Glass cars, sentient spoons, and an inventor who's challenging our idea of normal.
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The CW

What is normal?

Many designers create products that are normal but better — or "super normal," as a Japanese design philosophy calls it.

Dominic Wilcox, a designer and inventor from northeast England, has turned this philosophy on its head by using normal items and twisting them into something whimsical. By using everyday items, he takes things we understand and twists them into something "surprising and inventive."


The results are often playful and humorous, like a tummy-rumbling amplification device:

GIF via Dominic Wilcox/YouTube.

Wilcox explained why playfulness opens up the creative process in an interview for design publication Cool Hunting:

"Sometimes there’s a temptation to think, 'What does it do? How do we sell that?' That closes the idea down. I try to keep it open and push it as far as possible. It’s about playfulness, open-mindedness and taking risks, the freedom to make mistakes, whatever they are."

Many of his playful inventions are actually kind of useful.

It's not all tummy-rumbling amplification devices; many of Wilcox's inventions are designed to solve minor inconveniences with whimsical solutions.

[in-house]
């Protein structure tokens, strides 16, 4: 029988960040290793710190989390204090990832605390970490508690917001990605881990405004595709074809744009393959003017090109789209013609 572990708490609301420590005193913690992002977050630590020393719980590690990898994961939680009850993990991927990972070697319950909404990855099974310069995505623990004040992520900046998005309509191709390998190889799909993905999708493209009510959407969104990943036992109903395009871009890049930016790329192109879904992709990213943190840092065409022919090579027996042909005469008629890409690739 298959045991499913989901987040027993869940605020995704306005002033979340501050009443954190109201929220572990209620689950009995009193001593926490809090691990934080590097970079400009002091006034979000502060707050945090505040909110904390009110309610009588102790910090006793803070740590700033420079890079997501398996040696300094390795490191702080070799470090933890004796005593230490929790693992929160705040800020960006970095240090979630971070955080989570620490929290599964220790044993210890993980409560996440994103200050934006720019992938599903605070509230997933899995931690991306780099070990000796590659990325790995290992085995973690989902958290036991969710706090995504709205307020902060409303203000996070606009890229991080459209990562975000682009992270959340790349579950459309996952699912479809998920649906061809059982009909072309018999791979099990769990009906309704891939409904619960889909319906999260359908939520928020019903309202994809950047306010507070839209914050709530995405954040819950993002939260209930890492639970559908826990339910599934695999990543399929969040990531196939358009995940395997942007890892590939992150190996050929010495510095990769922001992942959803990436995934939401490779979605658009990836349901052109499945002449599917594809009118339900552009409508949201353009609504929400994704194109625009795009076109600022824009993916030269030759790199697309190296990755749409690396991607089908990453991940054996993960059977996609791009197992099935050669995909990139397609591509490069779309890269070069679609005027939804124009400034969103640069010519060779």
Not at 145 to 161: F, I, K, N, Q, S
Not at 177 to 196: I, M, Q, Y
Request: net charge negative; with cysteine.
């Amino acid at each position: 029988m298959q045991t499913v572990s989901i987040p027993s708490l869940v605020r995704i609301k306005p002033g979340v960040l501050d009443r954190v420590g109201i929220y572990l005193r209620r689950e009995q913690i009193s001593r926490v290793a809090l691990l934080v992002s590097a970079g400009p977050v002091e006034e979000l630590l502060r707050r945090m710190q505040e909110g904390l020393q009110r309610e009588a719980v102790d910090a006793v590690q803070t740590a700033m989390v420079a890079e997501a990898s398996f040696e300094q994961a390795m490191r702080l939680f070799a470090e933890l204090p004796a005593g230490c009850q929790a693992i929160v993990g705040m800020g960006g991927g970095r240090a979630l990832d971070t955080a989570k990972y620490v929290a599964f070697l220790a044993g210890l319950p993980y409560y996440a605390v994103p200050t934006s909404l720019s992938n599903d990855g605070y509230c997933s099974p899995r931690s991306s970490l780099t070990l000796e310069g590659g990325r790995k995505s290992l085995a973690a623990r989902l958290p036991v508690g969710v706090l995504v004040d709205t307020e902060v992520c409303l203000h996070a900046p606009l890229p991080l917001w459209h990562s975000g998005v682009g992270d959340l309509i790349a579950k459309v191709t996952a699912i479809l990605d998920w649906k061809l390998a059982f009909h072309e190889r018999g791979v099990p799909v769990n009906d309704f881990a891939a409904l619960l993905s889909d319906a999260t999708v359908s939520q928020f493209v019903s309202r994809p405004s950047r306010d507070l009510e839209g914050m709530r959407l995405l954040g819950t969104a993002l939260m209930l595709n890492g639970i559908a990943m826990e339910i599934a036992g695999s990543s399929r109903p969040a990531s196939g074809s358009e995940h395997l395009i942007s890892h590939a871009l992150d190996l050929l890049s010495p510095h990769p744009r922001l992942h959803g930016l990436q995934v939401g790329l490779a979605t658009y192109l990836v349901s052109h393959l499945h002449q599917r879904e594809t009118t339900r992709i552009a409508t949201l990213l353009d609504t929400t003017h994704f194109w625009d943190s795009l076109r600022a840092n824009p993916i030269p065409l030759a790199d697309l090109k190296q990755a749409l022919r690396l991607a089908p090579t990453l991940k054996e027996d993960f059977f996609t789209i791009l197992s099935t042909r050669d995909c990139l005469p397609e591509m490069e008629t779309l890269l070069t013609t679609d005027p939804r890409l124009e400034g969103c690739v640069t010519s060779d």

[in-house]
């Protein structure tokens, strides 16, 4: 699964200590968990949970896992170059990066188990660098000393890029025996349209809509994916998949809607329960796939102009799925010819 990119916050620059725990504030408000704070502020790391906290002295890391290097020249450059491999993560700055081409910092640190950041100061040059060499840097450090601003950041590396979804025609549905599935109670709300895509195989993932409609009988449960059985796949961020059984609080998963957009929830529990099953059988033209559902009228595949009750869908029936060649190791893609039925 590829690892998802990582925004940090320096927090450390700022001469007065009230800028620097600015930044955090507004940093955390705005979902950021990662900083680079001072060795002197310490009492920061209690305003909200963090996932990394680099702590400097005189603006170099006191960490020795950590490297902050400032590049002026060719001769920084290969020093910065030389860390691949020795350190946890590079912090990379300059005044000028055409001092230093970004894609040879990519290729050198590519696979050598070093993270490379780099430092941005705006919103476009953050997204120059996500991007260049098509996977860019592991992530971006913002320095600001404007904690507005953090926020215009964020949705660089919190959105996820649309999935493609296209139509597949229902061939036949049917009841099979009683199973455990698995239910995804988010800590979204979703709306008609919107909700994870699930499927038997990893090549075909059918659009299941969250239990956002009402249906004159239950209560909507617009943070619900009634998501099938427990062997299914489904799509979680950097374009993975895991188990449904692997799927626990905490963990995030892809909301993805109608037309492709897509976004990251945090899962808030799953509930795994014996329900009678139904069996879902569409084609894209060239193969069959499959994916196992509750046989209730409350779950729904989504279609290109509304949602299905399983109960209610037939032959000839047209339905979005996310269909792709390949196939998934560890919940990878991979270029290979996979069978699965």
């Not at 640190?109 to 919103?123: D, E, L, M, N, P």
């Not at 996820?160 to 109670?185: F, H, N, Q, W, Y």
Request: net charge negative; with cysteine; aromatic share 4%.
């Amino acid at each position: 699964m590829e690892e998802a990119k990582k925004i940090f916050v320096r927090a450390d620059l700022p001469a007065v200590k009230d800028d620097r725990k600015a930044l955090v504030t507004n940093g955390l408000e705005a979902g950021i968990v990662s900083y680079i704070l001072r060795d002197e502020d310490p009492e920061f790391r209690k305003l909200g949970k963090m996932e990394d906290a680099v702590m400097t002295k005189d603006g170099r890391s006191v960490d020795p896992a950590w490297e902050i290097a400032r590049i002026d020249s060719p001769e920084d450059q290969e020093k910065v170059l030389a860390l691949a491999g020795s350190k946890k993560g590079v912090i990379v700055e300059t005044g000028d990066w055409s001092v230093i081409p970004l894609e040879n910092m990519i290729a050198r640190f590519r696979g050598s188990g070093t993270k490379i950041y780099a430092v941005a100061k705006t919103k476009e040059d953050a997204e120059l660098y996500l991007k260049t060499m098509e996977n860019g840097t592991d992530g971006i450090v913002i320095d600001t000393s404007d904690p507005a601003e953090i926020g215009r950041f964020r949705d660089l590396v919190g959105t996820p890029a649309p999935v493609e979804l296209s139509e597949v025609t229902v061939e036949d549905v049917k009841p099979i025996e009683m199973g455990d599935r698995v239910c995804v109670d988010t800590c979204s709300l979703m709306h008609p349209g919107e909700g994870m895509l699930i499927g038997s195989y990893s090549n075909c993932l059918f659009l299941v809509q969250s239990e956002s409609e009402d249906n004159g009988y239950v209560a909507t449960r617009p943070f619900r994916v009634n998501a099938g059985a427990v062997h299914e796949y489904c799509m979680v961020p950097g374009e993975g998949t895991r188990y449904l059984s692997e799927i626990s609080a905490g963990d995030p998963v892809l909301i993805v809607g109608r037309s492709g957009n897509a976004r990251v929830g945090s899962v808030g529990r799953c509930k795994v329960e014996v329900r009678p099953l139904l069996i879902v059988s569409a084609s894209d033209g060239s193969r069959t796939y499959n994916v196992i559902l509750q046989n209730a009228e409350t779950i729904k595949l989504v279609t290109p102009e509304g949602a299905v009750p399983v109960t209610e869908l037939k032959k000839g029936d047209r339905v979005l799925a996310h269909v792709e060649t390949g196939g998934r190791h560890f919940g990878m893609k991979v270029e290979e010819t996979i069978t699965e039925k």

Like a nose stylus for hands-free scrolling:

All images via Dominic Wilcox, used with permission.

Shoes that light up to point you in the right direction using built-in GPS navigation:

Stickers to make your shiny car or bicycle look like junk to would-be thieves:

A spoon that "wakes up" as you eat with it, then "loses energy" and goes to sleep after four hours to let you know it's time for a snack:

A teacup with its own mini cooling fan (sadly, this one's only a prototype):

For Wilcox, it's about playing with our idea of "normal."

At last year's London Design Festival, Wilcox showcased his invention for the future — a future where our roads will be so safe that cars could be made of glass. He created a driverless car prototype with colorful stained glass that includes a comfy bed nestled inside:

Passengers would simply relax or take a snooze in their beautiful car while they're safely whisked to their destination.

It completely reimagines what a "normal" driving experience could be. Wilcox mused to Cool Hunting:

"[In my imagination] the future is super safe, so why not have a glass car? Some people might think it’s ridiculous, but why not?"

Wilcox is even twisting what it means to be an inventor.

Stephen Colbert invited Wilcox to appear on "The Late Show," where he tested a number of Wilcox's inventions, including a cereal-serving head crane device:

GIF via "The Late Show with Stephen Colbert."

When Colbert asked Wilcox, "Are you a sculptor or are you an inventor? Because these things seem like conceptual art at the same time as being inventions," Wilcox replied:

"I just like being imaginative and creative. It doesn't matter how I express it. ... I've tried [to invent a word] many times. I did my business cards ... and underneath my name I [put] 'inventurer' — half adventurer, half inventor — but then I scrapped that one."